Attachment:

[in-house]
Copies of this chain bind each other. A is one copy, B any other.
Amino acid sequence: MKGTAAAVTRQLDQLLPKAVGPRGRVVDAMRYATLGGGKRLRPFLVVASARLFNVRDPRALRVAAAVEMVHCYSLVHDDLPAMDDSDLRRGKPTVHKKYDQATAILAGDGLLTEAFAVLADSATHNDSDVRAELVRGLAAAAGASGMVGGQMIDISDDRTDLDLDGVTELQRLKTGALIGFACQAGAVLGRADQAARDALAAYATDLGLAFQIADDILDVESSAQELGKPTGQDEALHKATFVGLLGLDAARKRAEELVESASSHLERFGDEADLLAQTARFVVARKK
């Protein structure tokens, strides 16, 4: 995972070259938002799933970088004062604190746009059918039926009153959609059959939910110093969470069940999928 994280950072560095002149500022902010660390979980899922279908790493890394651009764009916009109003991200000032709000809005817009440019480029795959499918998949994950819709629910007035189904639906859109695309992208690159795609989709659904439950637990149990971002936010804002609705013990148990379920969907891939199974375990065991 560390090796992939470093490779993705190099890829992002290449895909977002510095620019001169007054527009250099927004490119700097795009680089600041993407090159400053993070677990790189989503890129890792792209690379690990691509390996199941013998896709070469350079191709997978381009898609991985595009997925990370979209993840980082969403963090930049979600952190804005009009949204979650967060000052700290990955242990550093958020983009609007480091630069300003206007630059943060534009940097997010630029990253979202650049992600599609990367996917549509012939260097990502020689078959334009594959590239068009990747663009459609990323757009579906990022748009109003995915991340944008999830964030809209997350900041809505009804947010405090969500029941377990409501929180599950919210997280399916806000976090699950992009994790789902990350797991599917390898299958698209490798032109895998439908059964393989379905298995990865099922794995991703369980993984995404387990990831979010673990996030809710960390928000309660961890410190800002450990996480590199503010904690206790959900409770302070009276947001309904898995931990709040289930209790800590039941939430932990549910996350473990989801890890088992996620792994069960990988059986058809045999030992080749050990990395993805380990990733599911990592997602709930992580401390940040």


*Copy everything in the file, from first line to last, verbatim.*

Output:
[in-house]
Copies of this chain bind each other. A is one copy, B any other.
Amino acid sequence: MKGTAAAVTRQLDQLLPKAVGPRGRVVDAMRYATLGGGKRLRPFLVVASARLFNVRDPRALRVAAAVEMVHCYSLVHDDLPAMDDSDLRRGKPTVHKKYDQATAILAGDGLLTEAFAVLADSATHNDSDVRAELVRGLAAAAGASGMVGGQMIDISDDRTDLDLDGVTELQRLKTGALIGFACQAGAVLGRADQAARDALAAYATDLGLAFQIADDILDVESSAQELGKPTGQDEALHKATFVGLLGLDAARKRAEELVESASSHLERFGDEADLLAQTARFVVARKK
């Protein structure tokens, strides 16, 4: 995972070259938002799933970088004062604190746009059918039926009153959609059959939910110093969470069940999928 994280950072560095002149500022902010660390979980899922279908790493890394651009764009916009109003991200000032709000809005817009440019480029795959499918998949994950819709629910007035189904639906859109695309992208690159795609989709659904439950637990149990971002936010804002609705013990148990379920969907891939199974375990065991 560390090796992939470093490779993705190099890829992002290449895909977002510095620019001169007054527009250099927004490119700097795009680089600041993407090159400053993070677990790189989503890129890792792209690379690990691509390996199941013998896709070469350079191709997978381009898609991985595009997925990370979209993840980082969403963090930049979600952190804005009009949204979650967060000052700290990955242990550093958020983009609007480091630069300003206007630059943060534009940097997010630029990253979202650049992600599609990367996917549509012939260097990502020689078959334009594959590239068009990747663009459609990323757009579906990022748009109003995915991340944008999830964030809209997350900041809505009804947010405090969500029941377990409501929180599950919210997280399916806000976090699950992009994790789902990350797991599917390898299958698209490798032109895998439908059964393989379905298995990865099922794995991703369980993984995404387990990831979010673990996030809710960390928000309660961890410190800002450990996480590199503010904690206790959900409770302070009276947001309904898995931990709040289930209790800590039941939430932990549910996350473990989801890890088992996620792994069960990988059986058809045999030992080749050990990395993805380990990733599911990592997602709930992580401390940040």